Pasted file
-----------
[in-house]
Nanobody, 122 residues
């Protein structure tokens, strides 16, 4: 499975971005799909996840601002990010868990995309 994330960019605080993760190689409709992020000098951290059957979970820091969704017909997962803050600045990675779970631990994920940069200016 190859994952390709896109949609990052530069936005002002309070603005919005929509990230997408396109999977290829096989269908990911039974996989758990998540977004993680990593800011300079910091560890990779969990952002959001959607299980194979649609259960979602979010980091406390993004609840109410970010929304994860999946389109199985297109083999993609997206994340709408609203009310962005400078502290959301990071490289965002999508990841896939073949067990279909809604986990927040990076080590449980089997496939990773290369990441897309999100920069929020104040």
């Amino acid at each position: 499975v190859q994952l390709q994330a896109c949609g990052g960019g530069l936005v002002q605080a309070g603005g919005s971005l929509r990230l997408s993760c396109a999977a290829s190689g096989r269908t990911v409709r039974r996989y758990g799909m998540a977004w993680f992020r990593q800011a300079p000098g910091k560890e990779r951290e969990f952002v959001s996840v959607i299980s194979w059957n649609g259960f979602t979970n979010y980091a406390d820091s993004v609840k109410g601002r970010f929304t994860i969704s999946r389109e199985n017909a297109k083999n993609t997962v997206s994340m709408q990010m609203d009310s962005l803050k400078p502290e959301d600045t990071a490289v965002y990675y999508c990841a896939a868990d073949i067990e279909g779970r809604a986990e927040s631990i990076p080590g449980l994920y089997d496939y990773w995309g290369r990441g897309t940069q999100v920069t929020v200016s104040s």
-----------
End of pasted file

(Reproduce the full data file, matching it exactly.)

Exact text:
[in-house]
Nanobody, 122 residues
């Protein structure tokens, strides 16, 4: 499975971005799909996840601002990010868990995309 994330960019605080993760190689409709992020000098951290059957979970820091969704017909997962803050600045990675779970631990994920940069200016 190859994952390709896109949609990052530069936005002002309070603005919005929509990230997408396109999977290829096989269908990911039974996989758990998540977004993680990593800011300079910091560890990779969990952002959001959607299980194979649609259960979602979010980091406390993004609840109410970010929304994860999946389109199985297109083999993609997206994340709408609203009310962005400078502290959301990071490289965002999508990841896939073949067990279909809604986990927040990076080590449980089997496939990773290369990441897309999100920069929020104040």
């Amino acid at each position: 499975v190859q994952l390709q994330a896109c949609g990052g960019g530069l936005v002002q605080a309070g603005g919005s971005l929509r990230l997408s993760c396109a999977a290829s190689g096989r269908t990911v409709r039974r996989y758990g799909m998540a977004w993680f992020r990593q800011a300079p000098g910091k560890e990779r951290e969990f952002v959001s996840v959607i299980s194979w059957n649609g259960f979602t979970n979010y980091a406390d820091s993004v609840k109410g601002r970010f929304t994860i969704s999946r389109e199985n017909a297109k083999n993609t997962v997206s994340m709408q990010m609203d009310s962005l803050k400078p502290e959301d600045t990071a490289v965002y990675y999508c990841a896939a868990d073949i067990e279909g779970r809604a986990e927040s631990i990076p080590g449980l994920y089997d496939y990773w995309g290369r990441g897309t940069q999100v920069t929020v200016s104040s």